Mann on a mission – Hockey Stick scientist interviewed

Michael Mann is one of the world’s leading climate scientists. He is director of the Earth Systems Science Centre in Penn State University and has been a lead IPCC author since 2001. His ‘Hockey Stick graph’ became the defining symbol of man-made climate change – and made him a special target of the fossil fuel lobby. You can view the full interview, which I conducted via Skype, below. It runs to just over an hour. Alternately, there’s an abbreviated text version further down.

He is author of ‘The Hockey Stick and the Climate Wars’, an insider’s account of the murky world of climate denialism and its decade-long campaign against both the science in general and individual scientists in particular. Mann was implicated in the so-called ‘Climategate’ hacking affair in 2009, but was exonerated by several independent investigations.


Here’s an abbreviated text version of the interview I conducted with Prof Mann, as published in the current edition of Village magazine.


JG: Mike, you’re best known for your work on the Hockey Stick. Can you tell us about it, why it’s so important, and why it gets you into so much trouble?

MM: The Hockey Stick is this graph my colleagues and I published a decade and a half ago depicting how temperatures, specifically over the northern hemisphere, have changed over the past 1,000 years. We used information from tree rings, ice cores and coral records, what we call climate proxy data. We know the globe has warmed by about a degree C over the past century but the question of how unusual is that warming requires us to go back in time. The record shows relatively warm conditions around 1,000 years ago, a steady, slow cooling trend into the 1900s – and then an abrupt warming over the past century.

The shape of that curve is like a hockey stick…what it indicates is that the recent warming really is unprecedented as far back as we can go. This curve became iconic in the climate change debate – it became a potent symbol in the larger debate over human-caused climate change, and it thus became an object of attack by those looking to discredit the case for concern over climate change. Climate deniers felt if they could ‘take down’ the hockey stick, then somehow the case for concern over human-caused climate change would collapse like a house of cards. Of course, that’s silly because there’s so much other evidence that tells us climate change is real, and caused by us.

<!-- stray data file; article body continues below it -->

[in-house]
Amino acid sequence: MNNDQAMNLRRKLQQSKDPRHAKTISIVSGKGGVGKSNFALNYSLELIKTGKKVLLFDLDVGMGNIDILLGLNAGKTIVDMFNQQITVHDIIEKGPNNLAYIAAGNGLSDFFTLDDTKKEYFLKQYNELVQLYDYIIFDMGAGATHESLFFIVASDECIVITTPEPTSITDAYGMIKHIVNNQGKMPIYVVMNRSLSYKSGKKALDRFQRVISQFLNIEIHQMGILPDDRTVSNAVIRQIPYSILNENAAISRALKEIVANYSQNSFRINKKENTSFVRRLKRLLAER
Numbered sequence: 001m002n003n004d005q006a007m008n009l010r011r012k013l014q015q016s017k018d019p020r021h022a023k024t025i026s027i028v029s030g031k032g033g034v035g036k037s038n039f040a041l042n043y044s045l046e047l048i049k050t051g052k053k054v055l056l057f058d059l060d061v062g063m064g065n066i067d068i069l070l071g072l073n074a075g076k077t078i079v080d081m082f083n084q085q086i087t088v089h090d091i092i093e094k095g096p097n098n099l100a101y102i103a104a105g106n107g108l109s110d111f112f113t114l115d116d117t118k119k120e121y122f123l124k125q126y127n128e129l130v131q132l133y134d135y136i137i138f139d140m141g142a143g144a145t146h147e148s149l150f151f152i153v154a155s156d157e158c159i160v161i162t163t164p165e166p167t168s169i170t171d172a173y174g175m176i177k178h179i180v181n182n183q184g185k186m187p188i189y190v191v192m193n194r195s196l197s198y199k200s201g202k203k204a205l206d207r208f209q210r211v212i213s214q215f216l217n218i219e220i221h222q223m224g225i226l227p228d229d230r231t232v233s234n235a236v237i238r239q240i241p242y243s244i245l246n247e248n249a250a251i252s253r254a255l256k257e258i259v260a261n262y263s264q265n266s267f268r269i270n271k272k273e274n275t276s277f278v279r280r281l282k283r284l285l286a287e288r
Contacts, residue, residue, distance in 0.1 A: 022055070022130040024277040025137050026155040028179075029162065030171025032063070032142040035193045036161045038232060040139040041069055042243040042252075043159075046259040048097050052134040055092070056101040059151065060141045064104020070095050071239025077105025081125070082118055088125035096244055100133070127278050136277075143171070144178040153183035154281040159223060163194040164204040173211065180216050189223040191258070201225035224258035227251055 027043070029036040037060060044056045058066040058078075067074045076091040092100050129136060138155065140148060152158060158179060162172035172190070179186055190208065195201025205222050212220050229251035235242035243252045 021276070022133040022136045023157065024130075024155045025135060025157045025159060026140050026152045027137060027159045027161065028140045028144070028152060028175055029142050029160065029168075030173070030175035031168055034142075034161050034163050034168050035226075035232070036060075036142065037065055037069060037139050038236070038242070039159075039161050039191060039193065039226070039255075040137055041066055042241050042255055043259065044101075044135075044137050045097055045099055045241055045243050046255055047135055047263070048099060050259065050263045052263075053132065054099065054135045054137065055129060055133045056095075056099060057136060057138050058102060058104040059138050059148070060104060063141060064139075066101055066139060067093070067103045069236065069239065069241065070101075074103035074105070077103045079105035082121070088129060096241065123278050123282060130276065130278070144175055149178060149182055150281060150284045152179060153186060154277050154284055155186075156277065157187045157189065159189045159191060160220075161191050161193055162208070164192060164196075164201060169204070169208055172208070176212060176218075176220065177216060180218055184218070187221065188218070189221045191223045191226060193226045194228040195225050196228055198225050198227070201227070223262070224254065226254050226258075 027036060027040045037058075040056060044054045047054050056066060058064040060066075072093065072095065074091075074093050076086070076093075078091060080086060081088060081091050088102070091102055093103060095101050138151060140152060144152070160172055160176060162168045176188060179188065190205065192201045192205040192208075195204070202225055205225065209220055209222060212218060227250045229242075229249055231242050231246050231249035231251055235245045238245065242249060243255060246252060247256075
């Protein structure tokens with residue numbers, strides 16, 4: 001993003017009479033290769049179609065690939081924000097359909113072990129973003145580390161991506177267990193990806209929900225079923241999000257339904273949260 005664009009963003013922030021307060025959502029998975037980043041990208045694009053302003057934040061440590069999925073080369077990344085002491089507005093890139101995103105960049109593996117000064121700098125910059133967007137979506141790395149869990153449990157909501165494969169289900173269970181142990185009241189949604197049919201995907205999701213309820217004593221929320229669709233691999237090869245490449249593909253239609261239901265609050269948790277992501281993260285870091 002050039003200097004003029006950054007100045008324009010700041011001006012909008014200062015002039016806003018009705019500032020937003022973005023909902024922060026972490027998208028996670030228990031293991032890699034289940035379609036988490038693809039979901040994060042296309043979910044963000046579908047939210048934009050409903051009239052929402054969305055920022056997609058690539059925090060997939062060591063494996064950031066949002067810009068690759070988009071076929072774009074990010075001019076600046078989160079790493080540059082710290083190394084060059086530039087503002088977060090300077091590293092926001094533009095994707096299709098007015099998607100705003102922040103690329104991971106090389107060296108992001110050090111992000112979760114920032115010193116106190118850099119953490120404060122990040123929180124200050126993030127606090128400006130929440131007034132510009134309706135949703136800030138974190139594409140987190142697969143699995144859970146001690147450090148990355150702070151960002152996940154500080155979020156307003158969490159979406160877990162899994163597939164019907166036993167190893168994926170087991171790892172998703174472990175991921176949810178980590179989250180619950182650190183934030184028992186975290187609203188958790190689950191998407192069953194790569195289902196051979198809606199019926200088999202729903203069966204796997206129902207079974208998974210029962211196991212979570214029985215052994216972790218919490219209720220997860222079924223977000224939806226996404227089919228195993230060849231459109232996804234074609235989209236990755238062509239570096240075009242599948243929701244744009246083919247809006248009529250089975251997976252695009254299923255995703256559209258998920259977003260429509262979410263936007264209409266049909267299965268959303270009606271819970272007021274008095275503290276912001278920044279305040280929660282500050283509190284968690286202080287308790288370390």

JG: There are many controversies in science. Why do you think climate science has become such a red-hot focus of controversy? In other areas, the controversies are in the (peer-reviewed) journals. Why is this one on the street?

MM: It’s a great question. The fact is that any time you see the findings of science come into conflict with powerful vested interests, they’ve done their best to try to discredit the science and the scientists. Take tobacco, industry documents actually contained the phrase ‘doubt is our product’. They manufacture doubt when it comes to scientific findings that pose some potential threat (to their profits). It isn’t a coincidence that fossil fuel interests are pouring in tens of millions of dollars here in the US to finance a campaign to discredit the science of climate change, and to discredit arguments for renewables and clean energy. The Koch brothers for instance are funding both of those efforts.

JG: If the more serious projections coming from climate science (up to 4C warming by mid-century) are borne out, as I understand it, this means no future for anybody. It’s puzzling that the so-called deniers somehow believe that the impacts won’t affect them. Is this something you’ve thought about?

MM: Denial takes many forms. Those who are orchestrating the disinformation campaign at the top, one might imagine that they’re fairly cynical – it’s quite clear that the fossil fuel companies know that their product is damaging the health of our planet. There may also be some cognitive dissonance. Aside from sociopathic and psychopathic individuals, most people don’t want to believe they’re doing something fundamentally wrong, fundamentally evil, they may want to believe those individuals who claim that the problem is exaggerated, that it’s not going to be as bad as the scientists are saying.

In some cases it’s almost ideological, it’s no longer a matter of logically looking at the scientific evidence, they see (opposition to) climate change as just another part of their cultural and ideological identity, whether it’s gun control or your view on government healthcare. In the US, belief in climate change is about as good a predictor of party affiliation as anything in this country…part of the explanation is changes in our (US) media environment; it’s now possible to isolate yourself in a bubble, in an echo chamber of self-reinforcing sources of disinformation. A study found that people who habitually watch Fox News are actually less informed – the article title was Watching Fox News makes you dumber!

Tens of millions of dollars have gone into a massive PR campaign to divide the public on climate change. In US politics, you don’t need to win the argument, you just need to divide the public, and that’s what fossil fuel interests have had some success in doing.

JG: Ireland doesn’t have the US-style ideological chasm, but instead we have a media that is tremendously uninterested and uninformed. Our leading climate scientist, Prof John Sweeney had to actually boycott a recent TV programme, on the grounds that this type of “debate” (giving oxygen to known climate deniers) is feeding the problem – you’ve experienced this?

MM: Sometimes, if you don’t participate, the fear is that people are only going to hear from the voices of doubt and disinformation, so then maybe it makes sense to do so, but if we allow that sort of framing to continue, if we are complicit in this ‘false balance’ approach, it does a disservice to the public. If you as a scientist share the stage with an industry-funded denier, you are implicitly telling the audience that these are two equally credible voices in this matter – and they’re not.

I’m sympathetic to the view that John Sweeney expressed about the fallacy of false balance when it comes to media coverage. It’s like an astronomer getting into a debate with the president of the Flat Earth Society over the latest stellar observations.